A parade, inaugural speeches, and the date itself are some of the key elements of the ceremony marking the beginning of presidential terms in the United States.
As tradition dictates, Joe Biden will be inaugurated as 46th president of the United States on Jan. 20, 2021.
Biden, 78, will be sworn in as the oldest president in the nation’s history, displacing Ronald Reagan, who left the White House in 1989, when he was 77.
In light of the pandemic, Biden’s inauguration will have its idiosyncrasies because of necessary safety measures, but it’s certainly not the first ceremony to depart from the norm, as our list of Inauguration Day trivia below shows.
The inauguration team has already requested for people to stay at home and celebrate safely, but assured they will honor the traditions.
“The 59th Presidential Inauguration will be a historic and exciting event that showcases the strength and diversity of our nation—and one that every American can enjoy from their home,” the Biden Inaugural Committee tweeted.
Biden and Vice President-elect Kamala Harris plan to take their oaths of office in the US Capitol, according to a statement from the organizational committee.
“The ceremony’s footprint will be extremely limited, and the parade that follows will be reimagined,” read the press release.
A group of production experts for big events, like the Super Bowl halftime and the Tony Awards, will be in charge of the program for Americans to watch at home.
Here are a few Inauguration Day traditions and trivia, some dating back to when George Washington, the first president of the United States, was sworn in on April 30, 1789.
- George Washington was a 57-year-old general when he was sworn in on the balcony of Federal Hall in New York City. A large crowd gathered around the building.
- Washington’s second inauguration was held on March 4, 1793. Incoming presidents had their ceremonies on that spring date for many years, unless it fell on a Sunday.
- Beginning in 1937, the 20th Amendment of the Constitution moved Inauguration Day to Jan. 20. Franklin D. Roosevelt was the first president sworn in on that date.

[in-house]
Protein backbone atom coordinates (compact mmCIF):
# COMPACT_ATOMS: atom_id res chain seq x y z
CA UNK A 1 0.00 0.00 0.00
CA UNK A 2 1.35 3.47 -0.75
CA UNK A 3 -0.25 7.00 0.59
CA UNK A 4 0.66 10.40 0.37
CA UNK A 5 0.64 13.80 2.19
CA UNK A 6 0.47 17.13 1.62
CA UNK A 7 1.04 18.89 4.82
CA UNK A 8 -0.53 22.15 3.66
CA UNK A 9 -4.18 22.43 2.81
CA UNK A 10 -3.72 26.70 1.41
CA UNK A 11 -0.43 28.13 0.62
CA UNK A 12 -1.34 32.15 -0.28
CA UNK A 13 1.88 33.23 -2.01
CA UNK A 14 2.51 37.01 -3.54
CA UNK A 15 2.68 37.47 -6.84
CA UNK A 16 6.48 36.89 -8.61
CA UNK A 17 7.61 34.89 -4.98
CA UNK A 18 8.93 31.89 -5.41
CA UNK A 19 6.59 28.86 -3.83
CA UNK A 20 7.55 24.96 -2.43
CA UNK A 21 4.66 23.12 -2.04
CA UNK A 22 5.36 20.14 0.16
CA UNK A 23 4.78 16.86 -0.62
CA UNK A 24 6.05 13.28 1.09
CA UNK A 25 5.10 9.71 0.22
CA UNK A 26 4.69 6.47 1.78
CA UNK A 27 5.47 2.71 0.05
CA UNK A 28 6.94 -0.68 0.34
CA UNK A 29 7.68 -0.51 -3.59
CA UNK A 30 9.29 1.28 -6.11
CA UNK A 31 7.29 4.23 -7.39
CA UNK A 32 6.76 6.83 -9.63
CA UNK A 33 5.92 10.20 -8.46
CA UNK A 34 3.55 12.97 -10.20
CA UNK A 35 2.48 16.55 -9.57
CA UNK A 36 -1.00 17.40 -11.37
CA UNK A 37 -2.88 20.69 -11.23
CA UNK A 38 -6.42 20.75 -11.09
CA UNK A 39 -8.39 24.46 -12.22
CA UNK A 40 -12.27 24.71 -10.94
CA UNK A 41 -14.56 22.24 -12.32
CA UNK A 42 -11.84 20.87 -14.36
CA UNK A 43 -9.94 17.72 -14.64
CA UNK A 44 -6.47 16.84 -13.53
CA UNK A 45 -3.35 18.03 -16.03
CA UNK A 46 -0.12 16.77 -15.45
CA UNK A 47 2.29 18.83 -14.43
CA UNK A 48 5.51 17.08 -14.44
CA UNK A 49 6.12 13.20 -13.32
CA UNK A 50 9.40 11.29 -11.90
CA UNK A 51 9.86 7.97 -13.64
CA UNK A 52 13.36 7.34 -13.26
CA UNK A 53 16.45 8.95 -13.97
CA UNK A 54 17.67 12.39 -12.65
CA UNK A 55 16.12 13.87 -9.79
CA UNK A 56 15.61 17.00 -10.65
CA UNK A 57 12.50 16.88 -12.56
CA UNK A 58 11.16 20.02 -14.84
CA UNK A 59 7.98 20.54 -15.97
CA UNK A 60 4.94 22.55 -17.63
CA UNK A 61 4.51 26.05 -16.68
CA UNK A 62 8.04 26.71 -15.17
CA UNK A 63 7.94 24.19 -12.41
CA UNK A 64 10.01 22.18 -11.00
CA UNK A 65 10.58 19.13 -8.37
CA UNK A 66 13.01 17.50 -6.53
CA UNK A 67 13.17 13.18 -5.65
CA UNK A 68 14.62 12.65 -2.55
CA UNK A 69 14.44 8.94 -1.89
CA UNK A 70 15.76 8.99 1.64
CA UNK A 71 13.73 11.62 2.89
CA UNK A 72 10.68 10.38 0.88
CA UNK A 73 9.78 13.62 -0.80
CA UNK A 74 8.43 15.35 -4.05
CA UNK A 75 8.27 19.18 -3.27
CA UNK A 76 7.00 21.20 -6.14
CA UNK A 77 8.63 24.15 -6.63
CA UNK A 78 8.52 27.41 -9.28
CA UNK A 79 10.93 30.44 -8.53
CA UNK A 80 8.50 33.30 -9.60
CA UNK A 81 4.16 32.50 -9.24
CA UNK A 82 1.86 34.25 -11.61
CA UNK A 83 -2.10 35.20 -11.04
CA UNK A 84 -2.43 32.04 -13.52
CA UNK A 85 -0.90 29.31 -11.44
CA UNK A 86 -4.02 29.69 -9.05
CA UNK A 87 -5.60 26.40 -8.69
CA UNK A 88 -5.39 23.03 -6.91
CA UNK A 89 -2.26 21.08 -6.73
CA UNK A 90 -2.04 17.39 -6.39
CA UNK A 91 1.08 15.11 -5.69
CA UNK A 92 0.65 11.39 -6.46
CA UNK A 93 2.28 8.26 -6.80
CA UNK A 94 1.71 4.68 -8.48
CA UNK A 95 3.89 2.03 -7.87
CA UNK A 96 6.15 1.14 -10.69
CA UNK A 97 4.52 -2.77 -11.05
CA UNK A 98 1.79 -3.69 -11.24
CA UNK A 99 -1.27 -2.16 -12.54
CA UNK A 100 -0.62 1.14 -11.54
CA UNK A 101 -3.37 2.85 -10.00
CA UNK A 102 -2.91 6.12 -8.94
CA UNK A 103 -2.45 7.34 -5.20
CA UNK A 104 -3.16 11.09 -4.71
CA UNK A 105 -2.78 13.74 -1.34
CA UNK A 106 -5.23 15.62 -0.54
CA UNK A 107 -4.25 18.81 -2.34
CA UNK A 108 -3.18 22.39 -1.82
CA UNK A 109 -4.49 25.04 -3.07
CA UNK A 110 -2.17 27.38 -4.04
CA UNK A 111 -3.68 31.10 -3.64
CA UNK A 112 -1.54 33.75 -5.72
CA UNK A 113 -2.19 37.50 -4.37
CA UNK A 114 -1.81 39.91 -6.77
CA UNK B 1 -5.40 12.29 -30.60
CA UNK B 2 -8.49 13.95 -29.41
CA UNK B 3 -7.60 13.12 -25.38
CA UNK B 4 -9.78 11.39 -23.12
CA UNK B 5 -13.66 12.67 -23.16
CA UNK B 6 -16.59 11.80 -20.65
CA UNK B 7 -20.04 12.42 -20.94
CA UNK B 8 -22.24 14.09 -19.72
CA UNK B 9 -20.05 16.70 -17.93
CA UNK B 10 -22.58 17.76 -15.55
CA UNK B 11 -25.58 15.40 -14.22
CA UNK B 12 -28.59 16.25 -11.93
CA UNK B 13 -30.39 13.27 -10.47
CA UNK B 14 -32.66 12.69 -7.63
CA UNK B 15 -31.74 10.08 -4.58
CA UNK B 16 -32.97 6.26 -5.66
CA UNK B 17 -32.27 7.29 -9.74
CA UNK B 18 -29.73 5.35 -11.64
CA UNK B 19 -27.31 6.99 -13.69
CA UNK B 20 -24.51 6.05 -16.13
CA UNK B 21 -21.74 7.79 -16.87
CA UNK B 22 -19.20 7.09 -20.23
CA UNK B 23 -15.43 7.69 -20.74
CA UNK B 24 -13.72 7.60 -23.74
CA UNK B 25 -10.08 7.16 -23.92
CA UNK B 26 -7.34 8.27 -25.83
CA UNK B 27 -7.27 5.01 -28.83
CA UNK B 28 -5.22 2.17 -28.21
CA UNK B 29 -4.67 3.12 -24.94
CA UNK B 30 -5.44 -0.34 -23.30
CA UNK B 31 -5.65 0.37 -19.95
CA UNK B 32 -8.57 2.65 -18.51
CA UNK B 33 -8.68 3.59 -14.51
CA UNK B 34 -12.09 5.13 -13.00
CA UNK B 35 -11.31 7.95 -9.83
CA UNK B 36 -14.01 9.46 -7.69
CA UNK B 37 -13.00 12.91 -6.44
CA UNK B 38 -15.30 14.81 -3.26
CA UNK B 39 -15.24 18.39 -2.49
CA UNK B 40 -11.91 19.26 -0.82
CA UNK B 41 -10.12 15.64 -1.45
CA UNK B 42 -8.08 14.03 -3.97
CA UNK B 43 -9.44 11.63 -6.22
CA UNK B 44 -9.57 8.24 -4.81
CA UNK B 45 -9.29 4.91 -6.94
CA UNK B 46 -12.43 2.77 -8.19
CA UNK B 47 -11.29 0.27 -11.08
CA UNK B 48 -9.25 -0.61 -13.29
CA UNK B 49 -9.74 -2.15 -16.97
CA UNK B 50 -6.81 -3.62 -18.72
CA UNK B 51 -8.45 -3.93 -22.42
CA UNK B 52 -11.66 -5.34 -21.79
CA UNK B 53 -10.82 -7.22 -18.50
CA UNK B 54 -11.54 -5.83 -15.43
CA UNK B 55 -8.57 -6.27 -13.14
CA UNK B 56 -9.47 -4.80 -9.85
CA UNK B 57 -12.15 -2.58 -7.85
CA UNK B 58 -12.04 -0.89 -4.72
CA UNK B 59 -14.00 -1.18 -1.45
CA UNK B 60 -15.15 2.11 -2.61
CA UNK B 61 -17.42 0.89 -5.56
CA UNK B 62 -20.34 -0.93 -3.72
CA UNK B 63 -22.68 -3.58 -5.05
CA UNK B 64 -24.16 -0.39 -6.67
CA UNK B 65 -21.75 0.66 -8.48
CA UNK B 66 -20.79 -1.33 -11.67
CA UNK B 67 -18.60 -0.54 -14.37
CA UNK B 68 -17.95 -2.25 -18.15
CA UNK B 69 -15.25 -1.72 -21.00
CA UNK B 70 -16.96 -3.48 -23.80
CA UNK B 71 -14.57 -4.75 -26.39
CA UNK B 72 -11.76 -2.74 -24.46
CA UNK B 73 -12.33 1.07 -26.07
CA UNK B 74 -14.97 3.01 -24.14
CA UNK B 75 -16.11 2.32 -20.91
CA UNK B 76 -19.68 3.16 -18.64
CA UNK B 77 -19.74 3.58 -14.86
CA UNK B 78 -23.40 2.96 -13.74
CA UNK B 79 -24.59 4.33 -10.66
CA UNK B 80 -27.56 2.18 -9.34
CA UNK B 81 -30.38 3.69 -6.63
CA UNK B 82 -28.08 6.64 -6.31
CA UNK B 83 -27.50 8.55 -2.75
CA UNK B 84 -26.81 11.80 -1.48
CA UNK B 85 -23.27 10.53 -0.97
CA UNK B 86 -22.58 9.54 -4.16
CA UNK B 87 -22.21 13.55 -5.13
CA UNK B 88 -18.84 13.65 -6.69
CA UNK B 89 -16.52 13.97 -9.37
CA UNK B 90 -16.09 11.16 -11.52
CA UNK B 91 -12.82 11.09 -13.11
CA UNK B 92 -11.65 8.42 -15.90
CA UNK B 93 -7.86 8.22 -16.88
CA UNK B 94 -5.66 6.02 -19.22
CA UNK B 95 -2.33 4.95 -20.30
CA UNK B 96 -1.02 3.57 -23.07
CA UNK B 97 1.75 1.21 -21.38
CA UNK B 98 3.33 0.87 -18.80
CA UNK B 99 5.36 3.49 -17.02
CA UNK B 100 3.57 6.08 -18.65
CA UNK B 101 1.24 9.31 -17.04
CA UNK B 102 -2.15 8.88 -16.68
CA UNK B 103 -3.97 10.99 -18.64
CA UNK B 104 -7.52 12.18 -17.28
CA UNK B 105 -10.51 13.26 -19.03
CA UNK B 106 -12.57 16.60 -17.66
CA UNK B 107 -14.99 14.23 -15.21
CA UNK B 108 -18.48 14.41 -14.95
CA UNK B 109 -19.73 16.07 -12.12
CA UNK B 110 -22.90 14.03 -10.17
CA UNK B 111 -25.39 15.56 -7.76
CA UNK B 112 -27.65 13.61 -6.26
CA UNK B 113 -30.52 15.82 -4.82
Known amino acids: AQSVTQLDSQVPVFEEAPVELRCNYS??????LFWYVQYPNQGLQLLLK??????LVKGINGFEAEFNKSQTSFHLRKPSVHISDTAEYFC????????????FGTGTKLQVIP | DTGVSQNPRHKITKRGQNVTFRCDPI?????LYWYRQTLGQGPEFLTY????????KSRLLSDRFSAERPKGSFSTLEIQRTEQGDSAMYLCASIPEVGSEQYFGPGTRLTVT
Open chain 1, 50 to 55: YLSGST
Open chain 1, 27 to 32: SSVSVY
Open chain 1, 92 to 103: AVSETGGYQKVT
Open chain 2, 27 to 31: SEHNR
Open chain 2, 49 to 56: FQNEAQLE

- The use of the Bible is a tradition, not a constitutional requirement. George Washington started the tradition. Theodore Roosevelt did not use the Bible for his swearing-in on Sept. 14, 1901. John Quincy Adams instead used a book of law for his inauguration. As the first Catholic elected president, John F. Kennedy was the first to use a Catholic version of the Bible for his oath.
- In 1801, Thomas Jefferson was the first president to be inaugurated in Washington, DC. He was also the first president to have an inaugural parade.
- Thomas Jefferson and Jimmy Carter have been the only two presidents to walk in the inaugural parade from the Capitol to the White House. President Barack Obama and Michelle Obama walked a portion of the parade following his inauguration in January 2009.
- America’s ninth president, William Henry Harrison, delivered the longest inaugural address, at 8,445 words. He spoke for 1 hour and 45 minutes in a snowstorm, without a coat. The second-longest speech, delivered by President William Howard Taft in 1909, was 3,000 words shorter. Washington had the shortest speech, only 135 words, at his second inauguration on March 4, 1793.
- Harrison served the shortest presidency, dying 32 days after his inauguration on March 4, 1841. For many years, his long inaugural address, in a snowstorm without a coat, was considered the culprit. Recently, it became known that he had typhoid fever.
- Theodore Roosevelt was the youngest president to be sworn into office at age 42, in 1901.
- Barack Obama’s first inauguration had the highest attendance, with an estimated 1.8 million people crowding the National Mall in 2009 and nearby areas.
- Dwight D. Eisenhower was lassoed by cowboy star Montie Montana while on the podium during his first inauguration in 1953. Montana had permission from the Secret Service. Vice President Richard Nixon and other dignitaries looked on. Eisenhower also made history at his first inauguration by breaking the tradition and reciting his own prayer after taking the oath, rather than kissing the Bible. He also had one of the most colorful parades, featuring 73 bands, 59 floats, horses, elephants, and civilian and military vehicles in a procession that lasted 4 hours and 32 minutes.
- James Buchanan’s inauguration was the first to be photographed, in 1857. Harry S. Truman’s inauguration was the first to be televised, on Jan. 20, 1949. According to the Harry S. Truman Library and Museum, it was viewed by 10 million Americans, making it the most-watched event in history. John F. Kennedy would be the first whose inauguration was transmitted on color television on Jan. 20, 1961. Bill Clinton’s second inauguration was the first to be live-streamed on the internet in 1997.